“We need an order-by-order standard for best execution and open competition for order flow in order to provide the best outcomes for retail investors. This will force greater competition, and could help to end the off-exchange oligopoly that has controlled that market for too long,” said Dave Lauer, CEO of Urvin Finance.
The Issues of Price Execution and Tick Sizes
Another glaring issue to the SEC is the inability for retail investors to compare price execution performance across brokerages because brokers are not required to disclose this information, only wholesalers, exchanges, and other market center entities. Proposed changes would be to include this information on monthly Rule 605 reports from broker-dealers.
Wholesalers are often allowed to remain competitive by offering share prices that sometimes are only hundredths of a penny off of exchange prices, which are limited to penny increment tick sizes. It’s a limitation that Gensler believes is restricting the competitiveness of exchanges. In the first five months of 2022, sub-penny trades made up 37% of the trades happening off-exchange. Gensler would like to level that playing field by shrinking the minimum tick size as well as using the same tick size requirements across market centers.
Expediting NBBO Changes
Along similar lines is the issue of the National Best Bid and Offer, which currently provides aggregated prices across all exchanges and offers investors transparency before they engage in a trade, but currently only pulls pricing data on quotes that have at least 100 shares.
This is problematic for retail investors, who often transact in what are called odd lots of less than 100 — the SEC has passed a rule to address this (the Market Infrastructure Rule) but it will take years to implement.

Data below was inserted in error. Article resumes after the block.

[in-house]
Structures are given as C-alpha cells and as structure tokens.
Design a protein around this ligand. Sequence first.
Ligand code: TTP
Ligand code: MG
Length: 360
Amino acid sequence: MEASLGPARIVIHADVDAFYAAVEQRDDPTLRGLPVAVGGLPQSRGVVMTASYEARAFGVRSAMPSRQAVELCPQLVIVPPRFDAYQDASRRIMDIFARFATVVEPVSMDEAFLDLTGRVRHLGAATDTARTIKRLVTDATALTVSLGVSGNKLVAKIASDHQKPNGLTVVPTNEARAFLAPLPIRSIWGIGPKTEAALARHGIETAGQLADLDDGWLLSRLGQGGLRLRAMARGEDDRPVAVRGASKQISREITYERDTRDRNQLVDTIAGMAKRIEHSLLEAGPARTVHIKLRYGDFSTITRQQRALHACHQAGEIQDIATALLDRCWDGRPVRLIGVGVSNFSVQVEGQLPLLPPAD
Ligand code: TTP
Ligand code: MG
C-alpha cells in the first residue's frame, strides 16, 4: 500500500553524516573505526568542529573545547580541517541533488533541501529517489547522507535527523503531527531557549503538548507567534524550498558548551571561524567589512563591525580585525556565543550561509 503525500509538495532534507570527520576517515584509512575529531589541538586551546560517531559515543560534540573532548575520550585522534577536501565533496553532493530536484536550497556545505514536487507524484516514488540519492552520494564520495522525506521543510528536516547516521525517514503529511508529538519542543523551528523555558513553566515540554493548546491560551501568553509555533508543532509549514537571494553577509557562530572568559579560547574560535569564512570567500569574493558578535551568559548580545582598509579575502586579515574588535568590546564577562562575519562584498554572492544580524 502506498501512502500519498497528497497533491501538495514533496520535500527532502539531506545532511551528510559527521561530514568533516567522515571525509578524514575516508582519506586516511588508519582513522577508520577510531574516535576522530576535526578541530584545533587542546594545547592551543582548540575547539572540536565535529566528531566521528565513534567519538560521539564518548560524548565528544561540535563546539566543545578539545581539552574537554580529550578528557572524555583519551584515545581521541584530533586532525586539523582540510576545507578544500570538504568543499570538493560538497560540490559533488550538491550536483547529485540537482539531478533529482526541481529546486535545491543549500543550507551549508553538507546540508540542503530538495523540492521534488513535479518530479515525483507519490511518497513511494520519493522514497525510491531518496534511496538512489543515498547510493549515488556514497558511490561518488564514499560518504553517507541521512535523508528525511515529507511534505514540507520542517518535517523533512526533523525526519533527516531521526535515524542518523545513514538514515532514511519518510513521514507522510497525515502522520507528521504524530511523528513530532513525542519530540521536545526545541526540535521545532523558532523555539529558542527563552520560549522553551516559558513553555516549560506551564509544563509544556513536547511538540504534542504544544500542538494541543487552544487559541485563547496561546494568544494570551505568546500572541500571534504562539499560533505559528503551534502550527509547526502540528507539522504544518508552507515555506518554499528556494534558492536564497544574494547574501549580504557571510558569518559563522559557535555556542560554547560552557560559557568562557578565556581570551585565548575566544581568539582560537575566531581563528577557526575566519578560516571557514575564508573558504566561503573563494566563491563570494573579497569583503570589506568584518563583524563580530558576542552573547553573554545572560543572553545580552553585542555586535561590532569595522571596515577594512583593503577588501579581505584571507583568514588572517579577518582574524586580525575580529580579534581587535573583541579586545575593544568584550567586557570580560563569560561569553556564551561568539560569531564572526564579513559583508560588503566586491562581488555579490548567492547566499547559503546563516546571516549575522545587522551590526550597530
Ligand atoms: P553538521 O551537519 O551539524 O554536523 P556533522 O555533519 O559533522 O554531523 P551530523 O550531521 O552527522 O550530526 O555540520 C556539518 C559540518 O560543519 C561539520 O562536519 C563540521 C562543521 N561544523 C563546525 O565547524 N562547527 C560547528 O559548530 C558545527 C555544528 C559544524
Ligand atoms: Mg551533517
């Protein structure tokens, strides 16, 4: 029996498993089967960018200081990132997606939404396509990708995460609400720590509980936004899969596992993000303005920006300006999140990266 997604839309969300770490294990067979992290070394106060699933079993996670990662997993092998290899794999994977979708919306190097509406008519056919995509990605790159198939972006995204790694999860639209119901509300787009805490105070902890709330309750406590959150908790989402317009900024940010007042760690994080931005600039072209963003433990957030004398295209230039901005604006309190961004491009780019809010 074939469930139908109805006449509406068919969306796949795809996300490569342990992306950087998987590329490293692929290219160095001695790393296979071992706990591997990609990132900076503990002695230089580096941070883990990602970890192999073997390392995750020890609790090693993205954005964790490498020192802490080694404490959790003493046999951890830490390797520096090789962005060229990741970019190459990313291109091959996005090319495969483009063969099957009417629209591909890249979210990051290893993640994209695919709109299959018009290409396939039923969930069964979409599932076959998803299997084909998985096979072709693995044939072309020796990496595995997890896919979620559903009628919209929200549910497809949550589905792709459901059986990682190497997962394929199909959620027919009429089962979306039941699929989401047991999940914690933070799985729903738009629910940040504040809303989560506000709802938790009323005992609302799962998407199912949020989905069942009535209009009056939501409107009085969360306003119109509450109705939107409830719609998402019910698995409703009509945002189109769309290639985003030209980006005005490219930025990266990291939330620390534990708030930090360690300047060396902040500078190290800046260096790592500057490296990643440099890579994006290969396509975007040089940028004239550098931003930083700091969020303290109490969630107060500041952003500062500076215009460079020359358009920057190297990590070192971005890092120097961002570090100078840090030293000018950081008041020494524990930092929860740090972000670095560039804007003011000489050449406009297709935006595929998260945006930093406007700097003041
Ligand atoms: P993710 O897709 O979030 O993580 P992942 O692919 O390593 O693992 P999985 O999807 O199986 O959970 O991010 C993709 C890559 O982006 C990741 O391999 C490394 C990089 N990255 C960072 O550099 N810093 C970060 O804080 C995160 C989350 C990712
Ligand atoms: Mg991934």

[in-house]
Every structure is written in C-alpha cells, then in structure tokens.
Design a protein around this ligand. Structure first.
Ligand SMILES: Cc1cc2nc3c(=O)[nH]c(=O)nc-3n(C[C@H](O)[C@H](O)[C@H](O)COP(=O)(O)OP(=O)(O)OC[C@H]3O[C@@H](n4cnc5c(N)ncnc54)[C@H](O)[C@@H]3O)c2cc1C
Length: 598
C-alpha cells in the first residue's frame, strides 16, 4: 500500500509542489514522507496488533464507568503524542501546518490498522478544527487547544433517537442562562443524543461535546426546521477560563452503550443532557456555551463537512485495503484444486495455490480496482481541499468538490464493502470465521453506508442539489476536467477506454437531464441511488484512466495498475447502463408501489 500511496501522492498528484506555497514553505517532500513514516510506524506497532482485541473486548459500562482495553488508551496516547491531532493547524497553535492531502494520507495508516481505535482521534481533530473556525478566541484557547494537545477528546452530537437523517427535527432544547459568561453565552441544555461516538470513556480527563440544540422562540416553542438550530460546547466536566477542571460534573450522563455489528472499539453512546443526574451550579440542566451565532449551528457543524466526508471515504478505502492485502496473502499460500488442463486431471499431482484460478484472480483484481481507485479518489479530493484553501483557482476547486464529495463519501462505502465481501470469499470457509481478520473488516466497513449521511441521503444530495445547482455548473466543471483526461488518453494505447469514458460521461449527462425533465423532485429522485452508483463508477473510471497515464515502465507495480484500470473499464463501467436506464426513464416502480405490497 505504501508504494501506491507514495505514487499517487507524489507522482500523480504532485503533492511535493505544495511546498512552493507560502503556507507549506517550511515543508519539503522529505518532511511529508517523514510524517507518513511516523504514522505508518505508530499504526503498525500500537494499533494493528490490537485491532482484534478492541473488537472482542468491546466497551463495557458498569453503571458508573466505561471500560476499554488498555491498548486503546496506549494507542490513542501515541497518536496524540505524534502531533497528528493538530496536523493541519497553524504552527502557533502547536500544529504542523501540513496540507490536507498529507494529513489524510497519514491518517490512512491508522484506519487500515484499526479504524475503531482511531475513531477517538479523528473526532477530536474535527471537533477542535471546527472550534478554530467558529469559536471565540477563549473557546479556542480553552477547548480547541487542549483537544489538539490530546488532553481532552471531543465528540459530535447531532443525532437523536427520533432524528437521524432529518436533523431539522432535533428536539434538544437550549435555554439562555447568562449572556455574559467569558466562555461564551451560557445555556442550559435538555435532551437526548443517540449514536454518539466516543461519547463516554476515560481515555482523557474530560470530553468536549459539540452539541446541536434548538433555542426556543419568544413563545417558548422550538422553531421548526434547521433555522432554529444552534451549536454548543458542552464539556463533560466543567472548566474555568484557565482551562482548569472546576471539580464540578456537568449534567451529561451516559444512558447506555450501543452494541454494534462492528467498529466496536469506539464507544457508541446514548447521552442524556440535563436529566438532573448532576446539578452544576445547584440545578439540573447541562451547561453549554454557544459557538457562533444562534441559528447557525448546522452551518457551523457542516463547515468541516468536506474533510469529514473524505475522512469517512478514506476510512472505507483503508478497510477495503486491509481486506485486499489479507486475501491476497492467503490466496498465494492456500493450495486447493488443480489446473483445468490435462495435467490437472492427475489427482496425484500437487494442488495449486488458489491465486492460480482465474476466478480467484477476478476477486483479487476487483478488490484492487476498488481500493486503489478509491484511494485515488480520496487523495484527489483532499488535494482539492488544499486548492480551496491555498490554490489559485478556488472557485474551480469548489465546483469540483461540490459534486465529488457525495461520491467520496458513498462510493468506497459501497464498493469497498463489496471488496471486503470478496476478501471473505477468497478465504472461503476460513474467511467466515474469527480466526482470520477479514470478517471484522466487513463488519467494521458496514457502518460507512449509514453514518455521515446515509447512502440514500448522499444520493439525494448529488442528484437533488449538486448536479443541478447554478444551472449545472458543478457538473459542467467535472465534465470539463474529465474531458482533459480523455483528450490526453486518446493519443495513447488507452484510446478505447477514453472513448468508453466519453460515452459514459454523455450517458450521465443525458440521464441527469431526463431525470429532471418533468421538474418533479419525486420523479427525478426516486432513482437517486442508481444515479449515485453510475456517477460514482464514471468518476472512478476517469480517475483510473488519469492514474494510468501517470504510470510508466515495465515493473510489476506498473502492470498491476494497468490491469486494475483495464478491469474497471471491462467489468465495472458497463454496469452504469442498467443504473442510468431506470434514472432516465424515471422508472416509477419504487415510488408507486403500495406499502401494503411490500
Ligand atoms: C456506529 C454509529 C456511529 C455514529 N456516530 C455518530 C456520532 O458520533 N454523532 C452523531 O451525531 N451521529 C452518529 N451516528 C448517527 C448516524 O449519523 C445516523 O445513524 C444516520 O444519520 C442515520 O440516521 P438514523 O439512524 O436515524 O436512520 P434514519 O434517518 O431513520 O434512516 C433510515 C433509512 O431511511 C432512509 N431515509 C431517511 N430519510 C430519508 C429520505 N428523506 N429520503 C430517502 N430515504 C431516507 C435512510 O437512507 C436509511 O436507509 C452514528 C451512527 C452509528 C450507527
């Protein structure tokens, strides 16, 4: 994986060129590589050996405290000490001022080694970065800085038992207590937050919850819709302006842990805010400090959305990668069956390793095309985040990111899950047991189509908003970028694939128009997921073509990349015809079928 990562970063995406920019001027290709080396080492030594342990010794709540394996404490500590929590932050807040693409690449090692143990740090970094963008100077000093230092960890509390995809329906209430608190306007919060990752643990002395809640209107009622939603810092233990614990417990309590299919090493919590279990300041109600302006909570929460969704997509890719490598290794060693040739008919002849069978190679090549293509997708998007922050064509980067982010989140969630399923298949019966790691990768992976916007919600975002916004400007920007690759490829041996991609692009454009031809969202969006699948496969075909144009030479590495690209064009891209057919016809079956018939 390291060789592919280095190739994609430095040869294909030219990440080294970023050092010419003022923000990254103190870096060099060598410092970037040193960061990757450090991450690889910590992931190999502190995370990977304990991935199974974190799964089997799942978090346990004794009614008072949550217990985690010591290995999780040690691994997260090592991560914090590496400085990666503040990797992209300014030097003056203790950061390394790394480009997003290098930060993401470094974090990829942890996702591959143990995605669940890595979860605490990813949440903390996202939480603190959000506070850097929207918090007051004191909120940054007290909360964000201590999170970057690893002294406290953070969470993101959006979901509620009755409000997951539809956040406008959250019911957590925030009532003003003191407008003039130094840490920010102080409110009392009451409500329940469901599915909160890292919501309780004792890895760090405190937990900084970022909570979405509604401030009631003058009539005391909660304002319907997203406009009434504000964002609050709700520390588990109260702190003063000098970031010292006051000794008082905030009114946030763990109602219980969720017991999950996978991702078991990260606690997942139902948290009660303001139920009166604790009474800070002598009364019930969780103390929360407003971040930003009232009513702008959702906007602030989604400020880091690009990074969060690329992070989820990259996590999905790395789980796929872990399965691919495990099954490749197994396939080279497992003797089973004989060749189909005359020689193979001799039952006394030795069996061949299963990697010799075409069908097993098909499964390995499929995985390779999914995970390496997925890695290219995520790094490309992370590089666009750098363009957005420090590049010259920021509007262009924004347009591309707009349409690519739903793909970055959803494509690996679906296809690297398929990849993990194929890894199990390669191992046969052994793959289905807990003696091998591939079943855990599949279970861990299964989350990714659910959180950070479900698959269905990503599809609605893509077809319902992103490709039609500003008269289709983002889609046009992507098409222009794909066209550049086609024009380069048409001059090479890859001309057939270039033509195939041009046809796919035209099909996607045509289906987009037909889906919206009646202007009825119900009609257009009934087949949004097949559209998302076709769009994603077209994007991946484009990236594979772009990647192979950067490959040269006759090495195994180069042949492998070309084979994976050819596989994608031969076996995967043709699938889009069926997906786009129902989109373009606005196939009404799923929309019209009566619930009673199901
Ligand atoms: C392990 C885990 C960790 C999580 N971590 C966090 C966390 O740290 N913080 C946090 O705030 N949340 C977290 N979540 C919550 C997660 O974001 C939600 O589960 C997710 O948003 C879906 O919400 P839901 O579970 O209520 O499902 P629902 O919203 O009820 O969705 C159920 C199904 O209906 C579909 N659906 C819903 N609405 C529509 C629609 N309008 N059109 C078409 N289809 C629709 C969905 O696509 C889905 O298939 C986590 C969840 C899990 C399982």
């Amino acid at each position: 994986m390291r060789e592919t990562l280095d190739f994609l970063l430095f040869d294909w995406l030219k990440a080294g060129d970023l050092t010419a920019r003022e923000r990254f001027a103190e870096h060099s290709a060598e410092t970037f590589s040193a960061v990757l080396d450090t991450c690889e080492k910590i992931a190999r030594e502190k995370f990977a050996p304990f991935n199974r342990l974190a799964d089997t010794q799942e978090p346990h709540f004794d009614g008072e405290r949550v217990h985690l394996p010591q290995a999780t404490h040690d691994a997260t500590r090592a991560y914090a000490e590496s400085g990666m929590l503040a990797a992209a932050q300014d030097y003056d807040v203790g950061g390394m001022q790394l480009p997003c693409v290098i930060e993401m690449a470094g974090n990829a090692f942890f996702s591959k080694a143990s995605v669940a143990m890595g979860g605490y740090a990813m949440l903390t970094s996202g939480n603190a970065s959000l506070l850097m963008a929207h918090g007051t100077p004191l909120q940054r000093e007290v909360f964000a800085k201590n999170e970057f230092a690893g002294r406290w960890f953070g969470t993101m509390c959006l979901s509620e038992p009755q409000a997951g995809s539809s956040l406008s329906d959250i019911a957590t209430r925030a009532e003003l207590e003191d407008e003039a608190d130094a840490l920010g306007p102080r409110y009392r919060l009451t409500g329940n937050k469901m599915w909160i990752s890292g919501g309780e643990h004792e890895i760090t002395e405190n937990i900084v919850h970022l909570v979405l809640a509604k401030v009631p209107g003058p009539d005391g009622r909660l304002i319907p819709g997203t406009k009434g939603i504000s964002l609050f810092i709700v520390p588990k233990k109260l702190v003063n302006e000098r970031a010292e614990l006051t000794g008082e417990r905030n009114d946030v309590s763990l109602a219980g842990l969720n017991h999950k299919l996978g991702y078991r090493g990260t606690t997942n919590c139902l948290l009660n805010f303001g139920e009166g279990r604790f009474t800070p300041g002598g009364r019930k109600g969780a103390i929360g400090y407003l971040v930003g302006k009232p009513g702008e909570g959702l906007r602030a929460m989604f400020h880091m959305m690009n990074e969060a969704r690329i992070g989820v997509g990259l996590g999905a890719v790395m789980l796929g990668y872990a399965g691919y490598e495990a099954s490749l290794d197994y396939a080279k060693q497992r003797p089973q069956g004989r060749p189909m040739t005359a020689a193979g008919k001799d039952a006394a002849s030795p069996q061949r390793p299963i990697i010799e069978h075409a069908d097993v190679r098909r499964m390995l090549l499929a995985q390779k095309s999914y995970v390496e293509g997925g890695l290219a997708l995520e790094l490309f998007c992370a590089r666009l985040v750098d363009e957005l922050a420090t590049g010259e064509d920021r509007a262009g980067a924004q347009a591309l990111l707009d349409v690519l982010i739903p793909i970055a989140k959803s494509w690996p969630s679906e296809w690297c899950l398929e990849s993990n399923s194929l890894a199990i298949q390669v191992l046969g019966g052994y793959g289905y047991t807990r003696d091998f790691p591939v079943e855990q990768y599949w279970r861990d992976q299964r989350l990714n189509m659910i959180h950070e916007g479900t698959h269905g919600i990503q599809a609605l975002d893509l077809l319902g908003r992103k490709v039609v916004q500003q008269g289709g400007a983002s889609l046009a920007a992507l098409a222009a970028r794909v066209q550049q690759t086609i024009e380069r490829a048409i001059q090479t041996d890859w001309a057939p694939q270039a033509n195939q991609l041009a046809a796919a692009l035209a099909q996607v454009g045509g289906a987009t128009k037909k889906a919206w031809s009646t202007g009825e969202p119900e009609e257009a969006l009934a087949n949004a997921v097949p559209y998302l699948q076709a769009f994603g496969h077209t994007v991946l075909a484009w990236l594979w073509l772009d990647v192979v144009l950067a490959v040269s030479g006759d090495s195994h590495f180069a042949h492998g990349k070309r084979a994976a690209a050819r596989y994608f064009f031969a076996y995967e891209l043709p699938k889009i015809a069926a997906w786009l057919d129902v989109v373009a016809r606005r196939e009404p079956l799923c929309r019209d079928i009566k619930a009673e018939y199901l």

Gensler is pushing to have these changes expedited after they were recently upheld in court, changes that would create more transparency in addition to providing better pricing information for retail investors, while also proposing the creation of an odd-lot best bid and offer.
“It’s not clear, given the current market segmentation, concentration, and lack of a level playing field, that our current national market system is as fair and competitive as possible for investors,” said Gensler.
A Divided Reception
Gensler’s changes have been received in a predictably divided fashion, with participants within the current system viewing the changes as unnecessary and potentially driving up trading costs for retail investors. Those in favor see it as a much-needed system overhaul that is long overdue but underscored the need for caution.
“Any changes to the rules governing the current equity market structure should be considered holistically with a view to ensuring there are no negative, unintended consequences for investors,” Kenneth Bentsen, president of the Securities Industry and Financial Markets Association, told the WSJ in an email.
Former SEC official Brett Redfearn said that the SEC would have to make a strong case that there is an existing problem for retail investors and that the solutions would be better than the current market mechanisms.
“That’s a tall order as investors today generally have a very good experience,” Redfearn said. “Whatever is proposed will almost certainly be modified as a result of a lively comment period, and there’s a good chance that any approved rule will end up in court.”